The Tale about An Intellectual who Brought a Lot of Money to a Desert

Once upon a time there was an artist. It was she and not he as you might think at first. She was very talented, dedicated and brave. She also was very lucky. And she was lucky simply because she was discovered by a famous artists promoter. His name was Stieglitz and he lived in New York. His art gallery “291” was the hottest spot for the young artists and he was a famous photographer and an intellectual. He cared very much about where American Modernism was heading. He could not imagine his life, God forbid, in a modernist-less world. He considered New York to be not cultured after living in Germany for many years and he had never been to the wilderness of the Southwest. Yes, you guessed correctly, he was a little out of touch with the life of working America; he could care less about anything that had nothing to do with his small, but very beautiful on the inside, intellectual bubble. Georgia and Stieglitz fell madly in love with each other, got married and lived happily ever after, at least for a while…

One day, she and a group of her friends traveled to Santa Fe is search of her muse and it was love at first sight! She fell in love with its mountains, its valleys and with the color of its sky. To make a long story short, she decided to buy a house in Abiquiu and spend as much time as possible there. She lived in a little house with two dogs and was painting all day long. Guess what? Her intellectual husband Stieglitz who was missing her terribly in cold and gray New York was showing her work of warm enchanted lands in his gallery and the beauty of nature and her modernists’ style awed a lot of people and they started to buy her paintings for a lot of money. She showed to the intellectual world Indian Pueblos and majestic mountains made out of a hundred shades of the red clay. And one day, Georgia became famous! More intellectuals started to visit her in New Mexico and loved it as much as she did. By now you have probably figured out that it was Georgia O’Keefe.

Robert and I visited Santa Fe and of course, embarked on the homage to Georgia’s house this summer. New Mexico is truly a land of contrasts. Abiquiu is located about 40 miles north of Santa Fe. A scenic drive up Interstate 45 took us through majestic landscapes coexisting with quite disturbing poverty. Half way to the middle of nowhere we lost all connections with the civilization – the signal on our cell phones. After about 30 minutes in a car we arrived to Abiquiu Inn, a small charming hotel located in the middle of nowhere where it is quiet and beautiful. Georgia’s house, still in the middle of nowhere, is filled with priceless intellectual properties from Stieglitz’s archives, modernists’ furniture gifted to her by the designers themselves… and I mean things like Eames’s famous chair. Modernism is my very favorite art period and it was weird to see all of that in the house facing the most austere wilderness, the million dollars view from her studio window.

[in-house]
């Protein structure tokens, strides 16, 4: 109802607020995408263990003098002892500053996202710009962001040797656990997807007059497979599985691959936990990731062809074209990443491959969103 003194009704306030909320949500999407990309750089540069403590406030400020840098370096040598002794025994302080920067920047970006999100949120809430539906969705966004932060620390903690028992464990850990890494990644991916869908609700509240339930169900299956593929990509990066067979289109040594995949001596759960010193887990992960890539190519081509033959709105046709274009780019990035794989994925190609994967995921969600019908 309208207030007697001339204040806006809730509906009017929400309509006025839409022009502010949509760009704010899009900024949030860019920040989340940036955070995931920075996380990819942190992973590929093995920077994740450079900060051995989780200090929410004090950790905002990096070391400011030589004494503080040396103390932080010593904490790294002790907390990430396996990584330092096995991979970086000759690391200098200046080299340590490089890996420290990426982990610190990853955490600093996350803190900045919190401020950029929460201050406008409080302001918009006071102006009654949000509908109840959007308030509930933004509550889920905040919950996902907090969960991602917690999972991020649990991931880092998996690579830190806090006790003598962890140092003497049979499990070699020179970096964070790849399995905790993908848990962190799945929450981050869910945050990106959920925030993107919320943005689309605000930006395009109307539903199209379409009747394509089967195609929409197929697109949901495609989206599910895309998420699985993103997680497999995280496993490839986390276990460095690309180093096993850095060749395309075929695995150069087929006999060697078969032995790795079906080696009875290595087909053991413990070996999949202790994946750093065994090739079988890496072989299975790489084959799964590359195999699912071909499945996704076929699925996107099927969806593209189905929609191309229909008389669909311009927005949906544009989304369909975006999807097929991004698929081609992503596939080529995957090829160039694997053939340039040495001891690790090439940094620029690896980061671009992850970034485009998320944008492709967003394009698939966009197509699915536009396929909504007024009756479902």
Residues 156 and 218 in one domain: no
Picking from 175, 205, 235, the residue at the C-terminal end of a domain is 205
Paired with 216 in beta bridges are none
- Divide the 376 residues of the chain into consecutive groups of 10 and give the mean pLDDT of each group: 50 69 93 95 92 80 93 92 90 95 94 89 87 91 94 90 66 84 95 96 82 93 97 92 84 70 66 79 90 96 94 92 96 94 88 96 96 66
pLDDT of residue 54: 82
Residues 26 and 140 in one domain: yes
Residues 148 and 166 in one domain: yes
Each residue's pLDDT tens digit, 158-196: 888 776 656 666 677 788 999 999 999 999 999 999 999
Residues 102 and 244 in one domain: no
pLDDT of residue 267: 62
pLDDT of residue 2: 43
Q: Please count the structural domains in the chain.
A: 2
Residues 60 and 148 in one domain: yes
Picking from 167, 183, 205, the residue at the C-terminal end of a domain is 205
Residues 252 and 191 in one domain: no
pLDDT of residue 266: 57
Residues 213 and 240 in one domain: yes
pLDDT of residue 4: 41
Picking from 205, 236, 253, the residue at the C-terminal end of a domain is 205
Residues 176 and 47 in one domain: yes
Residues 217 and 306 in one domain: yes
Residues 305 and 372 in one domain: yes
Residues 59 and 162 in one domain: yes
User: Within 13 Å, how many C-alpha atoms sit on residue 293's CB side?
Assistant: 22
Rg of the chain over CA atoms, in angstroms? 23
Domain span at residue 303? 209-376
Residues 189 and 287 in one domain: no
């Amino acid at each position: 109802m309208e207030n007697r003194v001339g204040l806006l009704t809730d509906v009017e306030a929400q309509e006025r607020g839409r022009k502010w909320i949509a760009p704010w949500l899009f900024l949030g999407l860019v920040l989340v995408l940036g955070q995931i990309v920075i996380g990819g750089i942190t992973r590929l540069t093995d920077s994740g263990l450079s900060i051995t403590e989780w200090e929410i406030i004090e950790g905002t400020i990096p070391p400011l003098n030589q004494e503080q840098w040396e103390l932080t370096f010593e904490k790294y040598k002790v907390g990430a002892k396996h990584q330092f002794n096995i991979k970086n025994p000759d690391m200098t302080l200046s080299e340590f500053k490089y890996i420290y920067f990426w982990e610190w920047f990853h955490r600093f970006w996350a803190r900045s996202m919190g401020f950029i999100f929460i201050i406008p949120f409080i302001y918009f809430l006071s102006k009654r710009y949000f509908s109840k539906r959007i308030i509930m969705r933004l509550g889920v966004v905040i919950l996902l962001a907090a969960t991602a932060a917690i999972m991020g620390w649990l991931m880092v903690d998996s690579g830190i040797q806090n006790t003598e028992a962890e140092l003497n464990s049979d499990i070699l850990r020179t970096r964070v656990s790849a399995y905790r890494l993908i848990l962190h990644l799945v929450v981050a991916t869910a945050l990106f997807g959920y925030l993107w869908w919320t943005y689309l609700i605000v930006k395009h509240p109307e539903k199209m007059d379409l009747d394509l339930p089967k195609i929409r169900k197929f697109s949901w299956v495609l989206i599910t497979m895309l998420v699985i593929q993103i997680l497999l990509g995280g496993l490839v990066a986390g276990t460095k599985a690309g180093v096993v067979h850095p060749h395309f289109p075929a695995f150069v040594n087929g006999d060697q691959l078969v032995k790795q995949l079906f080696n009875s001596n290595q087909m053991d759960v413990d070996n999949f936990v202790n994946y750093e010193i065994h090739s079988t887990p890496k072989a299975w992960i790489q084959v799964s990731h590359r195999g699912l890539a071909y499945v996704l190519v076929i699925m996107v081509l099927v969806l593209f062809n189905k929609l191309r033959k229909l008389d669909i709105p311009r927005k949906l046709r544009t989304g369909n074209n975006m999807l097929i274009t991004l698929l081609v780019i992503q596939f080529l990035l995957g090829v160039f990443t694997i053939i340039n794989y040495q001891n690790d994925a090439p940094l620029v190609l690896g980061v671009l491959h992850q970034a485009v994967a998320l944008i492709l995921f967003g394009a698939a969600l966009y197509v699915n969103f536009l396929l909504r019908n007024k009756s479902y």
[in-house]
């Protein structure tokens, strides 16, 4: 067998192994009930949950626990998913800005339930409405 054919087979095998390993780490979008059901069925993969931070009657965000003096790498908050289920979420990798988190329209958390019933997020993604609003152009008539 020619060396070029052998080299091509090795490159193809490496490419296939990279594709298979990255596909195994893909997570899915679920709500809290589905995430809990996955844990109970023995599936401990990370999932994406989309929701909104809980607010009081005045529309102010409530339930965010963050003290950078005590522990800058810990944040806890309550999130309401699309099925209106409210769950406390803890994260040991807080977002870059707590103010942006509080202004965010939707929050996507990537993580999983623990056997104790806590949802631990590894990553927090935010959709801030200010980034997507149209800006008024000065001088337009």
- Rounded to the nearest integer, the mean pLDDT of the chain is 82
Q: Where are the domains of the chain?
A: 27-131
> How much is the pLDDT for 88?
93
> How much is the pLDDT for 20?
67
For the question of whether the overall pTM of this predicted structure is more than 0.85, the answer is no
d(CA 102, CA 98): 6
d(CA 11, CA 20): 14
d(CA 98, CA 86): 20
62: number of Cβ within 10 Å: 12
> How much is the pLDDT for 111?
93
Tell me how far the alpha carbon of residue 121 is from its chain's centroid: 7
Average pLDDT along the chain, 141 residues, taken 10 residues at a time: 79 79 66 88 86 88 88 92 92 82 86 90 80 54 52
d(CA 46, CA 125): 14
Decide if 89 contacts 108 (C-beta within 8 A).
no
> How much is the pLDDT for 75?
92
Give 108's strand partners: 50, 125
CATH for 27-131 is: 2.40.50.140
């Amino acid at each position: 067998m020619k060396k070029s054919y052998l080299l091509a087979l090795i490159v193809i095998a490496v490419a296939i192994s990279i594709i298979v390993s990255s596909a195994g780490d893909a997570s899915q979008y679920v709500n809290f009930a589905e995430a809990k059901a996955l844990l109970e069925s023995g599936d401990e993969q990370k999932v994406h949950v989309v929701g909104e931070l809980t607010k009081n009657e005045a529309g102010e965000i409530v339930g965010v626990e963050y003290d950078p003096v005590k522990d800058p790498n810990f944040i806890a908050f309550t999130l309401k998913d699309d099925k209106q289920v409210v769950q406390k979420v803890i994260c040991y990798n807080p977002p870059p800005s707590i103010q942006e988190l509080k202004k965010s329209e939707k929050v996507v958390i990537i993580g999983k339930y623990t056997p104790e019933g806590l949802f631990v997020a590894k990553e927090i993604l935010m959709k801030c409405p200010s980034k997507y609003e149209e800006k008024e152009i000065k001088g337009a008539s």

Here comes the money part: New Mexico is one of the poorest states in the US and despite that Santa Fe is an oasis of culture like you would not believe! And as we well know, where there is culture, there is money. If you suddenly feel the urge to buy a masterpiece and drop some serious money, where do you go? Believe it or not, you are not going to New York or Los Angeles–you go to Santa Fe.  There are 250 world-class art galleries in a town of the size of Victoria, Texas. If you miss World Class Opera in the middle of the hot summer, where do you go? Yes, you guessed correctly, you go to Santa Fe once again. If you are a serious foodie and need to feast your taste buds on French, Southwest, Italian, Japanese and many, many, many, more cousins. Where do you go? You go to Santa Fe. Guess who just started wineries? Guess who can afford a high-end Chamber Music Festival? Guess where you can see various shows on any given night?

There are many music and art lovers living in San Antonio and at least once a year many of us fly to Santa Fe to see the opera, to stroll along the Canyon street with its 250 galleries and to check out new restaurants. Now multiply this modest number of us to as many cities as possible in the US and you will get the general bulk of a cultural tourism. Some of these tourists fall in love with the place from the first sight, just like Georgia did and they buy houses there. They buy houses first and then they start supporting an opera and other cultural and educational endeavors. With time this support a little by little snowballs into a very prosperous cultural oasis in the middle of the desert in one of the poorest states in the country. Quality of art defines quality of life and as we know well life is short so we better enjoy it while we can. People choose to live closer to the greatness of human civilization that the art is.

This is a tale of how intellectual comes to the desert in the middle of nowhere and makes it rich. And the lesson of this tale is – Art touches everyone in a profound way and brings prosperity where it is rooted.  And now, my dear curious children, it is time to bed. Do not let the bedbugs bite.

Read about Santa Fe’s Art District

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